But what did my all-male boarding school lack that I had at home even at those crowded and boisterous Thanksgiving Day meals? Or to use a cliché, was I ever homesick? The problem with looking through the “homesick” lens is that my memory doesn’t work that way. I would rather ask: In what ways did I experience a sense of emotional continuity between my prep school environment and the emotional cradle of my pre-Exeter life? Both Exeter and my family provided many opportunities for male bonding. For example, I am only sixteen months older than my younger brother and just three years older than my oldest nephew. I also had the good fortune to have deep connections to adult men other than my father— my two eldest brothers and the same male teacher during my middle school years in a gifted and talented program. (He was the person who introduced Exeter’s scholarship program to my patents.) My ability to find among the three white faculty members residing in my dorm two whom I could trust to help me navigate a new environment, built on numerous mentoring sessions with older black men.
Similarly, I became life-long friends with some of my dormmates, teammates, and classmates during my four years at boarding school. The capacity to meet and connect with male peers was built on the foundation of my multifaceted relationships with all my brothers. I wasn’t a 1960s teenager rebelling against authority, especially male authority. Rather I was a small boy in search of adults or older classmates-like-siblings whom I could trust to help me forge my place in the living arrangements—my dorm—where I started out being one of the smallest of freshman and ended up as one of the biggest seniors, and a proctor to the younger members of my dorm.
Looking back, I now realize there were no girls or women in my Exeter world who personified either my mother’s matriarchal authority or her driving ambition for my academic achievement. Given the way in which I processed hurt as a child by instinctively suppressing it, I wonder if I suppressed the hurt my mother’s sometimes harsh “Great Expectations” inflicted on me. I, nonetheless, do not believe being relieved of my mother’s driving ambition on a daily basis hurt me emotionally. I had the freedom, for instance, to take an art course without having to withstand her cross-examination of me about its utility in the college admissions process.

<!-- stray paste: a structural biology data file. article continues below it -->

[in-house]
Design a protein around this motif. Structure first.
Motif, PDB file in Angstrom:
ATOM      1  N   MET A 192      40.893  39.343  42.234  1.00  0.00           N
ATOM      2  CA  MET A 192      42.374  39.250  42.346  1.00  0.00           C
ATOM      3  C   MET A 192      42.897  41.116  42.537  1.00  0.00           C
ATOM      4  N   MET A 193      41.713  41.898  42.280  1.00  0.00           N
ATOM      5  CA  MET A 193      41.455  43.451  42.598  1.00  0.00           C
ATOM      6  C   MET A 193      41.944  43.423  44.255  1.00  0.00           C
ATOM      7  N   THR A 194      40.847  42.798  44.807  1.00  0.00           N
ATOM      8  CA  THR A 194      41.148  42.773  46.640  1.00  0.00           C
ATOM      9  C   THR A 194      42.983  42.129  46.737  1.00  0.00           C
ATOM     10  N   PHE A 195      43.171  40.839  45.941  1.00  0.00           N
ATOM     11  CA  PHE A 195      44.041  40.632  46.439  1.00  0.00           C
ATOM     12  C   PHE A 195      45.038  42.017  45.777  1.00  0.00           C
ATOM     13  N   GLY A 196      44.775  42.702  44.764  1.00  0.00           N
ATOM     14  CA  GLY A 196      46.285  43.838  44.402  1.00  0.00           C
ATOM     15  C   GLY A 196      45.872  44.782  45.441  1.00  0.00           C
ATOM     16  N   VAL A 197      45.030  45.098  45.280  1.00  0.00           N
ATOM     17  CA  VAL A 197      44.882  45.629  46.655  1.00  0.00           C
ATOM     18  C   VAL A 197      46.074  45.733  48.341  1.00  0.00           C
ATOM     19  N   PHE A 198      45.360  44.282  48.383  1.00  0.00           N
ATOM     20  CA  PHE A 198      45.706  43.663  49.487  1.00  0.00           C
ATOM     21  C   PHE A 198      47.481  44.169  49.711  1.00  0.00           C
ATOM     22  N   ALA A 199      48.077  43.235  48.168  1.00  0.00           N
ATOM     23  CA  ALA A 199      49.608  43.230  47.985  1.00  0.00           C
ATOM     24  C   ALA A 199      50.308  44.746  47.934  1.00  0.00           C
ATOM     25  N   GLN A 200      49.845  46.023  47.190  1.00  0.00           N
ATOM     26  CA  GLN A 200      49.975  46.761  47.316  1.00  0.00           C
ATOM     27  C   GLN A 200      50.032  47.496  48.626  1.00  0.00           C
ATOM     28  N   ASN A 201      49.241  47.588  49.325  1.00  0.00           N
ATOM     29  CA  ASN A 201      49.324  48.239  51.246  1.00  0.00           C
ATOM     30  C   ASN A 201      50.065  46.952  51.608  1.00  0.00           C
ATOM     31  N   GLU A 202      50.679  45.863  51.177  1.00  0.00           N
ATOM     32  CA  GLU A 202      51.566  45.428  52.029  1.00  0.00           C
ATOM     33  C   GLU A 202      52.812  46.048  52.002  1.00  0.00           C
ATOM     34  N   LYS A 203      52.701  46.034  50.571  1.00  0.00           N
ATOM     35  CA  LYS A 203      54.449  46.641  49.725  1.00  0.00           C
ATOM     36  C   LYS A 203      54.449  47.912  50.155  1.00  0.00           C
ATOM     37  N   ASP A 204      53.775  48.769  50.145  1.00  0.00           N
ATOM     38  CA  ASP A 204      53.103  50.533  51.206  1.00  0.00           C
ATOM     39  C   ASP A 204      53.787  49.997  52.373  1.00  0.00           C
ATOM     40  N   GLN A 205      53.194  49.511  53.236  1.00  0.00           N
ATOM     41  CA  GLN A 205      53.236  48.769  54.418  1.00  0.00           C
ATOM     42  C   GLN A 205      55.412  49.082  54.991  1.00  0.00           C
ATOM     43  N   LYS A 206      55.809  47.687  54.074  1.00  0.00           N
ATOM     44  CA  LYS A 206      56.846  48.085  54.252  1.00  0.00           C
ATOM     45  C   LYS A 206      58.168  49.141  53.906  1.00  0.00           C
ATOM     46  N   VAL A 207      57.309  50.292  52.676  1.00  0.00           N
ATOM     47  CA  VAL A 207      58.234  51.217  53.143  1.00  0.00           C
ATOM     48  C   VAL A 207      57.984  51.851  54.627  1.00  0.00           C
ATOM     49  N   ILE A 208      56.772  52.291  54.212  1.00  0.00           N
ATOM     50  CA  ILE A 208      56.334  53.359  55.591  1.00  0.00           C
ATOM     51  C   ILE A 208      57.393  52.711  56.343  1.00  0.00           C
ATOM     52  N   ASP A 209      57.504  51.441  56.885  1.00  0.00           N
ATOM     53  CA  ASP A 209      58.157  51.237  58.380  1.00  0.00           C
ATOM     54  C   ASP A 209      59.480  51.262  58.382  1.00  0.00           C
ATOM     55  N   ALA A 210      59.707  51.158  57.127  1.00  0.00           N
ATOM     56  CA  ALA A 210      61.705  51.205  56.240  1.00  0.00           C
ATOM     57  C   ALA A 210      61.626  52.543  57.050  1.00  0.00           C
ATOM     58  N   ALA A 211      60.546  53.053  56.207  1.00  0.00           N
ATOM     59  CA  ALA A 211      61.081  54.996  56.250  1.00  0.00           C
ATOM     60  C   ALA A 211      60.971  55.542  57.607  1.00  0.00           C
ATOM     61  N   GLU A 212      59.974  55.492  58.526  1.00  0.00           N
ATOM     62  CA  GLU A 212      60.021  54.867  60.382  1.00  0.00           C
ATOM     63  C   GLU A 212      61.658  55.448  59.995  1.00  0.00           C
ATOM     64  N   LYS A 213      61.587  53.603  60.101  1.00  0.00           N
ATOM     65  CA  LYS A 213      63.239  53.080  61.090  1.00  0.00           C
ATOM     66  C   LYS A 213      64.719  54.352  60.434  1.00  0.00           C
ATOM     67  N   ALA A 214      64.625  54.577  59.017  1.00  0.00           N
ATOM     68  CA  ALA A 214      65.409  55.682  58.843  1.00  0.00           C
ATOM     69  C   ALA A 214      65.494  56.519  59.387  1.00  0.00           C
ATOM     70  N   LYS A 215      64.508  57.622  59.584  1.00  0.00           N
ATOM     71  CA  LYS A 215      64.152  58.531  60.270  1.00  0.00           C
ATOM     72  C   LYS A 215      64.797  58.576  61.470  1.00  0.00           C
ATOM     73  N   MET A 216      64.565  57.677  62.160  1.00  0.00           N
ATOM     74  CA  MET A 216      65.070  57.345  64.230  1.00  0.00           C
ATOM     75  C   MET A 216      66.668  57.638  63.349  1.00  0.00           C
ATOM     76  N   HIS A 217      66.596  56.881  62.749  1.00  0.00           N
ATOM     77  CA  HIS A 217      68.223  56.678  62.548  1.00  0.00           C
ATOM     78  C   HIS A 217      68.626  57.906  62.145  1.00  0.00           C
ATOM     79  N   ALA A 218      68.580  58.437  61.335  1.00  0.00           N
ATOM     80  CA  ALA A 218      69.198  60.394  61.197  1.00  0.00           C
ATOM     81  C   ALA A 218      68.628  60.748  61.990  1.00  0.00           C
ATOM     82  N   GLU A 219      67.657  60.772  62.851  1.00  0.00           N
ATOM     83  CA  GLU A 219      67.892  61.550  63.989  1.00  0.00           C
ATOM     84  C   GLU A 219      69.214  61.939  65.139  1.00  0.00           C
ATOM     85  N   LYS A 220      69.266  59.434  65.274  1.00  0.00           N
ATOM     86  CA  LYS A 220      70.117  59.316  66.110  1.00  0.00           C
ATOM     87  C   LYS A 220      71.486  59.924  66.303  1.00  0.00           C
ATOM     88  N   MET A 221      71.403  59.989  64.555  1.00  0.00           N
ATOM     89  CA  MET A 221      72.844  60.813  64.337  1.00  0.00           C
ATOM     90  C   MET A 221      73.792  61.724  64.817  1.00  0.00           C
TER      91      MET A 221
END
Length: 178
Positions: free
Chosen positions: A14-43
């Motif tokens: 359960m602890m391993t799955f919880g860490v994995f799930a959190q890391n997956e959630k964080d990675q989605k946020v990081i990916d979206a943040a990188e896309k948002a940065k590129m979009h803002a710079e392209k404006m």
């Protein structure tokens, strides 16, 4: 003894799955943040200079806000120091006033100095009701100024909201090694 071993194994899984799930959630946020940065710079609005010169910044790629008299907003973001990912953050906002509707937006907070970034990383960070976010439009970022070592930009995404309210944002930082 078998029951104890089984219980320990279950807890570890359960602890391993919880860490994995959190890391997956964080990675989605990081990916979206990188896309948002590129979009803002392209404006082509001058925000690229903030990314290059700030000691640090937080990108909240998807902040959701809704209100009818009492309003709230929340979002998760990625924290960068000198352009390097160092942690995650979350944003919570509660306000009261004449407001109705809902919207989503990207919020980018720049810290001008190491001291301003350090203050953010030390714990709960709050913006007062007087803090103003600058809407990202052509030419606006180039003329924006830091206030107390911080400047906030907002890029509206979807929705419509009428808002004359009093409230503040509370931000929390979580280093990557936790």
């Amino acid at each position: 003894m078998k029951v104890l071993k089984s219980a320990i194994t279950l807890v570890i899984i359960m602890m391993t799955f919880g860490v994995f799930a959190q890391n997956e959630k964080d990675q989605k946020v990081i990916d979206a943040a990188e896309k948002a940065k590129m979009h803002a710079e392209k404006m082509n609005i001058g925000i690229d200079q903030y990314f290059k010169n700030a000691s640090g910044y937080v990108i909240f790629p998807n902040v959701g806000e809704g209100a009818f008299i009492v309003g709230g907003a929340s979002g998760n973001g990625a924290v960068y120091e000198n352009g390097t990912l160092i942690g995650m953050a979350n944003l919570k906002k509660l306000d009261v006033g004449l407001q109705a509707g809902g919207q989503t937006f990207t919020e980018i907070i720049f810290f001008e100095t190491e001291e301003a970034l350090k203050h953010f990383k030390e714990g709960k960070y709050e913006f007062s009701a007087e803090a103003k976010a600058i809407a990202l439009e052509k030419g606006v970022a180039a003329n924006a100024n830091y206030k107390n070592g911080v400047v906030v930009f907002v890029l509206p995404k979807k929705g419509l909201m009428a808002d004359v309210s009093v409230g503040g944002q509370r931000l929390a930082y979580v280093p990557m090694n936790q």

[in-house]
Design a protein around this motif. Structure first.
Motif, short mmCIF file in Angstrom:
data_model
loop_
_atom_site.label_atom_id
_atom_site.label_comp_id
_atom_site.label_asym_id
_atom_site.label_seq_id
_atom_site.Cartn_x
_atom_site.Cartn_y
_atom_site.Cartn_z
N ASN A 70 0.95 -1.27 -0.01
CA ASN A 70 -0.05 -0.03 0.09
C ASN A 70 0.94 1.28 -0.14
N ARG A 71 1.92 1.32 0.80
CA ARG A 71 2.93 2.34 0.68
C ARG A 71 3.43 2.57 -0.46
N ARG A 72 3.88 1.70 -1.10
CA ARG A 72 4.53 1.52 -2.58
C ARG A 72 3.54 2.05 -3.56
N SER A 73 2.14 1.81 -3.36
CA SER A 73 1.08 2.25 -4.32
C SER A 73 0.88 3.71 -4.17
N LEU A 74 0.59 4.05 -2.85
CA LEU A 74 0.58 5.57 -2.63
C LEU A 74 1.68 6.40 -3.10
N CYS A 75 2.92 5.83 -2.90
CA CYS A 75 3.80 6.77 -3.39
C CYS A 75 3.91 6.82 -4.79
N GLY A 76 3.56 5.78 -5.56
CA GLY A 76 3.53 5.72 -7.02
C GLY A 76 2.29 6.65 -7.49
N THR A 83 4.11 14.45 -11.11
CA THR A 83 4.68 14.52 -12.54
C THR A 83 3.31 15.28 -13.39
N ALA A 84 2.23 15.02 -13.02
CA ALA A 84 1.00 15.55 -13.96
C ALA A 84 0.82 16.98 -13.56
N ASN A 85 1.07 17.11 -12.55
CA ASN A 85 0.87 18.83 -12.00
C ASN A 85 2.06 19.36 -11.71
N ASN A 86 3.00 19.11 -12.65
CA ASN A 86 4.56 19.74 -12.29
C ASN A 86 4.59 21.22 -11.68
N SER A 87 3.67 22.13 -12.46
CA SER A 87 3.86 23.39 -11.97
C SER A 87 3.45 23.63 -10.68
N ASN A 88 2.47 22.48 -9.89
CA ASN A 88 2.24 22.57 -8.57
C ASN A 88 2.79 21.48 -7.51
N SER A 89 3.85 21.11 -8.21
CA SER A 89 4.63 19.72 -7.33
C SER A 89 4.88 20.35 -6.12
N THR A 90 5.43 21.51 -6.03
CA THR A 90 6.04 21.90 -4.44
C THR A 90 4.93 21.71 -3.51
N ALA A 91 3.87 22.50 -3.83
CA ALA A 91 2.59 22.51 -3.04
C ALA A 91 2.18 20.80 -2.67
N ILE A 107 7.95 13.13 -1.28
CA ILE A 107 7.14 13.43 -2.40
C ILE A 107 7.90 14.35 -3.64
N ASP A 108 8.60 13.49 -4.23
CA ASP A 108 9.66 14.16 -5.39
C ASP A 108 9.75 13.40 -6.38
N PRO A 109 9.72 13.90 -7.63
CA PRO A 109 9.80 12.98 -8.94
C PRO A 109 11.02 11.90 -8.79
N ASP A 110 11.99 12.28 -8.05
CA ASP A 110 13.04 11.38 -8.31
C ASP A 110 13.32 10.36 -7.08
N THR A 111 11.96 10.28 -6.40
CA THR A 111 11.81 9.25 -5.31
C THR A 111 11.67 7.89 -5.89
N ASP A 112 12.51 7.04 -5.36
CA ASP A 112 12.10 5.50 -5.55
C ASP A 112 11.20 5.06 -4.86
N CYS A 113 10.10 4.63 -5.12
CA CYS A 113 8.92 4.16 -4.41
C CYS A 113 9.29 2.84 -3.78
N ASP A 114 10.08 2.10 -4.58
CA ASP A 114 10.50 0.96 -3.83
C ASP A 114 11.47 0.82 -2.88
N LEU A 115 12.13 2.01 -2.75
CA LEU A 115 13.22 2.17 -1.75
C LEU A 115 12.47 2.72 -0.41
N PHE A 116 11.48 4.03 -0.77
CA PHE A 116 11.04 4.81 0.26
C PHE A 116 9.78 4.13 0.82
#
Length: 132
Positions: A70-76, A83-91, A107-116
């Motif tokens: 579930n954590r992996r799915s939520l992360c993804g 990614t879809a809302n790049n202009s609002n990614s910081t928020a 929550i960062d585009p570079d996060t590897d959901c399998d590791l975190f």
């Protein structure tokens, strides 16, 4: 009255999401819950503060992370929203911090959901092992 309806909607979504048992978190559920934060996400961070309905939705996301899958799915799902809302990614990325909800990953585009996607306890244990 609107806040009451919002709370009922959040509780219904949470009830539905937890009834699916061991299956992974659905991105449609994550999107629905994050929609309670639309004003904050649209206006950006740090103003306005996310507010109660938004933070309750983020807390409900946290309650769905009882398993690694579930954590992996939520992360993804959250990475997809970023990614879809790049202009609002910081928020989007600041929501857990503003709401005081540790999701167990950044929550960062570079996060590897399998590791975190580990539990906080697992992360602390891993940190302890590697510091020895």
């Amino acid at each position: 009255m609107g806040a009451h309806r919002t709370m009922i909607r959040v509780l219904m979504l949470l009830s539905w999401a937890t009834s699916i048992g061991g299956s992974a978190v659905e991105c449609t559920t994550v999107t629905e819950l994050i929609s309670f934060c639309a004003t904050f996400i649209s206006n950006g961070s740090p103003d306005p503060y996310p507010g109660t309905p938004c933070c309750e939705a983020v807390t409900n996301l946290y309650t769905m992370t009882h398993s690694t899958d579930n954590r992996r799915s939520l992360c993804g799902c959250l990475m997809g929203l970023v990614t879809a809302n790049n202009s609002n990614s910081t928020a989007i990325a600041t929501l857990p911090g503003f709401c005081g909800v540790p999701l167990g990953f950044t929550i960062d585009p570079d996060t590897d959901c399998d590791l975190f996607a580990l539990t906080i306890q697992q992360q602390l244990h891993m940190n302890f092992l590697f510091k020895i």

On the other hand, a hurt I might have suppressed during my boarding school days was the lack of opportunities to replicate at Exeter the sisterly affection I enjoyed from my three older sisters. Each in her own way included in their warm acceptance of who I was becoming, honest critiques that improved my character. Although I recall only one serious discussion led by a faculty member about how coeducation might change Exeter, the gist of the discussion was that if girls were ever admitted, they would be our peers in terms of abilities, and thus more like potential sisters than the Playboy Bunnies of our prep school fantasies.
Leaving my family at fourteen in 1958, created fissures in my memory. I have to distinguish those things I actually remember from what I “know” from a quick internet search. Was there at my last Thanksgiving dinner with my family any discussion of the potential violence during the attempt to desegregate Little Rock Central High in fall 1957? Probably so. But I don’t remember it. What I do remember was the family ritual, a collective or community memory that is the underpinning of my ability to forge new relationships that nourish me wherever I might be.
I pause each Thanksgiving to share a communal meal with my own children or with friends or neighbors I hadn’t met yet when I left home. None of these gatherings ever requires the Little Table and Big Table of my childhood. This Thanksgiving, in the year of COVID-19, I will celebrate my human connections with my best friend and wife, Suzy, around our condo dining room table big enough for eight— “a Big Table for Two”— in Richmond, Virginia. I won’t “miss” my large family on this holiday because I have memorialized many of them in my writing. I honor the legacy my parents gave me by holding the family rituals in my memory, and in my heart.